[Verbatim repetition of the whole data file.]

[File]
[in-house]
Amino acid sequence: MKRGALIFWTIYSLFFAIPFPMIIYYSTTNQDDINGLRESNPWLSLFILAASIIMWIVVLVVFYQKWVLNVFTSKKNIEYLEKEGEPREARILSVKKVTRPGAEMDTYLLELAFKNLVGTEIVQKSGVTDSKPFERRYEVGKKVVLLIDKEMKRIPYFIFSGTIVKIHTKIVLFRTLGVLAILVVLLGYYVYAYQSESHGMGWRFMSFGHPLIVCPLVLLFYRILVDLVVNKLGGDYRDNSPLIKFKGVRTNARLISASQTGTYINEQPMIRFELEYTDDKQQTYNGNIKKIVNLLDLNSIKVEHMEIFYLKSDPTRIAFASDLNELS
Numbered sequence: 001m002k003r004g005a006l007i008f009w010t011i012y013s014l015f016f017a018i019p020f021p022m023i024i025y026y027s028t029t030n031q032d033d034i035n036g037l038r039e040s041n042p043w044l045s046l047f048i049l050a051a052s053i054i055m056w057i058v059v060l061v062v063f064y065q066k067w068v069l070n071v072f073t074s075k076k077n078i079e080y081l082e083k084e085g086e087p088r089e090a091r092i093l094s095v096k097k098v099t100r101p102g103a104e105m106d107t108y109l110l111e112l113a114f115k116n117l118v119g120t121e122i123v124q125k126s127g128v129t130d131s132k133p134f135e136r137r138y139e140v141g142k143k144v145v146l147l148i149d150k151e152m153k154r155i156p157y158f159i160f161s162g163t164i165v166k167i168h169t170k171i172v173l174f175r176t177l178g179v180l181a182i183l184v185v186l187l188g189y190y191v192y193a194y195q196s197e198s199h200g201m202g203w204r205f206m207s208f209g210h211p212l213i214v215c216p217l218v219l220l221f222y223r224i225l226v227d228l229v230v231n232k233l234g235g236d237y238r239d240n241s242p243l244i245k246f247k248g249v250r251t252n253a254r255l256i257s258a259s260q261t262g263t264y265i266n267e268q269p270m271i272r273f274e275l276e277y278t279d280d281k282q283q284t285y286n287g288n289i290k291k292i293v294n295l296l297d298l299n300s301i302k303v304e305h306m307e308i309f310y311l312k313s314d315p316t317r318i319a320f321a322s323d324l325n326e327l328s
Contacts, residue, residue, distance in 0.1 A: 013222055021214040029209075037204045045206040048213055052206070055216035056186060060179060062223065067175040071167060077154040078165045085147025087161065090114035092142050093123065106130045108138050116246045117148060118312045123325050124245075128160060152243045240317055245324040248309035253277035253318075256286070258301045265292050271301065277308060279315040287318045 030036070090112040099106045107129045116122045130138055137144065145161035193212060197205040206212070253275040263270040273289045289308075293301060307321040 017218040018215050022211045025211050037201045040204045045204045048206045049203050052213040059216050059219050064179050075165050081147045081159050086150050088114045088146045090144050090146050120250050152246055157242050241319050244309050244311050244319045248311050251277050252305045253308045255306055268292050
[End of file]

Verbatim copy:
[in-house]
Amino acid sequence: MKRGALIFWTIYSLFFAIPFPMIIYYSTTNQDDINGLRESNPWLSLFILAASIIMWIVVLVVFYQKWVLNVFTSKKNIEYLEKEGEPREARILSVKKVTRPGAEMDTYLLELAFKNLVGTEIVQKSGVTDSKPFERRYEVGKKVVLLIDKEMKRIPYFIFSGTIVKIHTKIVLFRTLGVLAILVVLLGYYVYAYQSESHGMGWRFMSFGHPLIVCPLVLLFYRILVDLVVNKLGGDYRDNSPLIKFKGVRTNARLISASQTGTYINEQPMIRFELEYTDDKQQTYNGNIKKIVNLLDLNSIKVEHMEIFYLKSDPTRIAFASDLNELS
Numbered sequence: 001m002k003r004g005a006l007i008f009w010t011i012y013s014l015f016f017a018i019p020f021p022m023i024i025y026y027s028t029t030n031q032d033d034i035n036g037l038r039e040s041n042p043w044l045s046l047f048i049l050a051a052s053i054i055m056w057i058v059v060l061v062v063f064y065q066k067w068v069l070n071v072f073t074s075k076k077n078i079e080y081l082e083k084e085g086e087p088r089e090a091r092i093l094s095v096k097k098v099t100r101p102g103a104e105m106d107t108y109l110l111e112l113a114f115k116n117l118v119g120t121e122i123v124q125k126s127g128v129t130d131s132k133p134f135e136r137r138y139e140v141g142k143k144v145v146l147l148i149d150k151e152m153k154r155i156p157y158f159i160f161s162g163t164i165v166k167i168h169t170k171i172v173l174f175r176t177l178g179v180l181a182i183l184v185v186l187l188g189y190y191v192y193a194y195q196s197e198s199h200g201m202g203w204r205f206m207s208f209g210h211p212l213i214v215c216p217l218v219l220l221f222y223r224i225l226v227d228l229v230v231n232k233l234g235g236d237y238r239d240n241s242p243l244i245k246f247k248g249v250r251t252n253a254r255l256i257s258a259s260q261t262g263t264y265i266n267e268q269p270m271i272r273f274e275l276e277y278t279d280d281k282q283q284t285y286n287g288n289i290k291k292i293v294n295l296l297d298l299n300s301i302k303v304e305h306m307e308i309f310y311l312k313s314d315p316t317r318i319a320f321a322s323d324l325n326e327l328s
Contacts, residue, residue, distance in 0.1 A: 013222055021214040029209075037204045045206040048213055052206070055216035056186060060179060062223065067175040071167060077154040078165045085147025087161065090114035092142050093123065106130045108138050116246045117148060118312045123325050124245075128160060152243045240317055245324040248309035253277035253318075256286070258301045265292050271301065277308060279315040287318045 030036070090112040099106045107129045116122045130138055137144065145161035193212060197205040206212070253275040263270040273289045289308075293301060307321040 017218040018215050022211045025211050037201045040204045045204045048206045049203050052213040059216050059219050064179050075165050081147045081159050086150050088114045088146045090144050090146050120250050152246055157242050241319050244309050244311050244319045248311050251277050252305045253308045255306055268292050